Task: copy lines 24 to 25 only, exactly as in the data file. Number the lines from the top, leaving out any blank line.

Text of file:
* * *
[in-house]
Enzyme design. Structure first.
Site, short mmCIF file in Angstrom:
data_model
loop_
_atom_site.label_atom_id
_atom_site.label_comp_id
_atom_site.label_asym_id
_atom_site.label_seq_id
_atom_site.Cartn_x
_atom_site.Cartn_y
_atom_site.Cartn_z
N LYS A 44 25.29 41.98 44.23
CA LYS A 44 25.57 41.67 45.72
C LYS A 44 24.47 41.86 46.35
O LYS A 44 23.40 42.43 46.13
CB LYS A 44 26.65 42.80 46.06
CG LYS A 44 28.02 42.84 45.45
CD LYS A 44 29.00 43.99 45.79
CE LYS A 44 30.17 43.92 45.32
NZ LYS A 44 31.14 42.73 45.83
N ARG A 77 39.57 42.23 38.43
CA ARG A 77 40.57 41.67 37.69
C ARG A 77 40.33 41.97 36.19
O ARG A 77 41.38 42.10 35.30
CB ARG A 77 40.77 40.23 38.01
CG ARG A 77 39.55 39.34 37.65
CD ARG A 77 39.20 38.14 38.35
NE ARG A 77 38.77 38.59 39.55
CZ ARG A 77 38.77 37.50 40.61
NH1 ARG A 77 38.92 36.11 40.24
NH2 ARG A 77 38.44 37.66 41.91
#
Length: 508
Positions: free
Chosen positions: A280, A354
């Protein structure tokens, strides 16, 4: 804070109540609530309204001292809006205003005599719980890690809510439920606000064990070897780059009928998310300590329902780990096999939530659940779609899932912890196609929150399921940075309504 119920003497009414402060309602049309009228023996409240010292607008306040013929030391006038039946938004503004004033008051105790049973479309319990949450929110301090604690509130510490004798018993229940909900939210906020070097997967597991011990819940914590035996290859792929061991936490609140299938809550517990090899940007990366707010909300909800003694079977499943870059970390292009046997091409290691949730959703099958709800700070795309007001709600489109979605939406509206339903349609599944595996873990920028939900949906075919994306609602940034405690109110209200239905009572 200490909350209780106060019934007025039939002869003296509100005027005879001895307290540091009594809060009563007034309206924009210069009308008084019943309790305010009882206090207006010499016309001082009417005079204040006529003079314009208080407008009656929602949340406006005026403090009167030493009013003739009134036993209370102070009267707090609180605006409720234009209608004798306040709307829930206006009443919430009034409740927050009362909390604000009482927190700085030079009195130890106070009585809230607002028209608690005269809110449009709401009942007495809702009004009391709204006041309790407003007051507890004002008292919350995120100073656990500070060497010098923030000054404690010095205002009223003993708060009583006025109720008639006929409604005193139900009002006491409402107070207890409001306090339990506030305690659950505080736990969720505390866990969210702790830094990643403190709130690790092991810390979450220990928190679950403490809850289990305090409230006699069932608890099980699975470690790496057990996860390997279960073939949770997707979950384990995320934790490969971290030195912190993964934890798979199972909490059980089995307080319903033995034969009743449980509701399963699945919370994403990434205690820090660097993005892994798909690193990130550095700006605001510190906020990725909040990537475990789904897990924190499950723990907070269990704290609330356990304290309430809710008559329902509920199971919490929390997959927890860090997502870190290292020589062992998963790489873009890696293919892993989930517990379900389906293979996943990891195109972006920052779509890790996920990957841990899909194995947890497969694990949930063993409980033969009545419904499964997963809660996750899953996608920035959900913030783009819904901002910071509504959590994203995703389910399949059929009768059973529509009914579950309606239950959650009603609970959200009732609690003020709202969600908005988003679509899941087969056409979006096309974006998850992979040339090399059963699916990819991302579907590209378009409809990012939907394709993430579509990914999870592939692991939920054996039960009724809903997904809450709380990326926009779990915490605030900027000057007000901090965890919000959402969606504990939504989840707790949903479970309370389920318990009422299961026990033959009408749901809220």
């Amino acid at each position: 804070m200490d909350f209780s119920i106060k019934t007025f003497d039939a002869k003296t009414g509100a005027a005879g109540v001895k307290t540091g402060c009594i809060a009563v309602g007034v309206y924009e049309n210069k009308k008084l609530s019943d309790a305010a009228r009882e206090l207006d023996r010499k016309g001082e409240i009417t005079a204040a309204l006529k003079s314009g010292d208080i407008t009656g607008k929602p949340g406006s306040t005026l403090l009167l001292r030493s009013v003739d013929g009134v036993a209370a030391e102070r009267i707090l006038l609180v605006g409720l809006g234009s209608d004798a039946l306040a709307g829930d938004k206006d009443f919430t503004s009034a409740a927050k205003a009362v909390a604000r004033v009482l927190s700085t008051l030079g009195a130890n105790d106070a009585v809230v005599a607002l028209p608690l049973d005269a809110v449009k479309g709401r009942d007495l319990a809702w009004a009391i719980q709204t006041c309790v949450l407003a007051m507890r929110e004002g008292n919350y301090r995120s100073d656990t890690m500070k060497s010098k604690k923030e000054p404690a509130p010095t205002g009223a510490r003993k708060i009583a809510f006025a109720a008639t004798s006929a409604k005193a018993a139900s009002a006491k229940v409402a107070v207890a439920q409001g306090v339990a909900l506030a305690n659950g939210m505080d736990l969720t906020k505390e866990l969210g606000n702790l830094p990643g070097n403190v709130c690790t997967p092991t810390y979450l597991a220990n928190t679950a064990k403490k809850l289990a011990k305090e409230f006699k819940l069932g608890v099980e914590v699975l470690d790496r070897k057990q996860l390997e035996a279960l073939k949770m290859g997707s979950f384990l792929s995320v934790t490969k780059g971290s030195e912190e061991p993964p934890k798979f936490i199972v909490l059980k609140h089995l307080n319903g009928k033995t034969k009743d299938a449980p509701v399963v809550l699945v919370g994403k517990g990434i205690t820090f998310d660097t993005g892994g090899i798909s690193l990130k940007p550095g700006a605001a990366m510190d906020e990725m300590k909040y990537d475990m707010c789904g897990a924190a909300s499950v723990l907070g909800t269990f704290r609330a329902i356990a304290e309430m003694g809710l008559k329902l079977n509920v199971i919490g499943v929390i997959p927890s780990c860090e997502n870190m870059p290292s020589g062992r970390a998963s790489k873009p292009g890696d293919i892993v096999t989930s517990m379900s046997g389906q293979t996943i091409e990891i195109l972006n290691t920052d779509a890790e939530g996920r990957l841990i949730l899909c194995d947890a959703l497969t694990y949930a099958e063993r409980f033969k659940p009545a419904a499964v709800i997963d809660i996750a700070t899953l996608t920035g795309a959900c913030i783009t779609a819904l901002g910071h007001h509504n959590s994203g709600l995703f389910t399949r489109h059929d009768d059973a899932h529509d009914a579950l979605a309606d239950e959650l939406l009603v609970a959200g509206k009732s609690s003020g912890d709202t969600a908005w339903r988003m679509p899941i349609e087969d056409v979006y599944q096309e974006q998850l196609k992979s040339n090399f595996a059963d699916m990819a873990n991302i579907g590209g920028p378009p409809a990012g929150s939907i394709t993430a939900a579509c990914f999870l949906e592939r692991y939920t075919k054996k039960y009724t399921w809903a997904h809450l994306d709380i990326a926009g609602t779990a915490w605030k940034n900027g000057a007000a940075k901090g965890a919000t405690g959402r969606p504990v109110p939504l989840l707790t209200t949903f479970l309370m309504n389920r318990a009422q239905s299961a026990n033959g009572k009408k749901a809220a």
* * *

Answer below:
C ARG A 77 40.33 41.97 36.19
O ARG A 77 41.38 42.10 35.30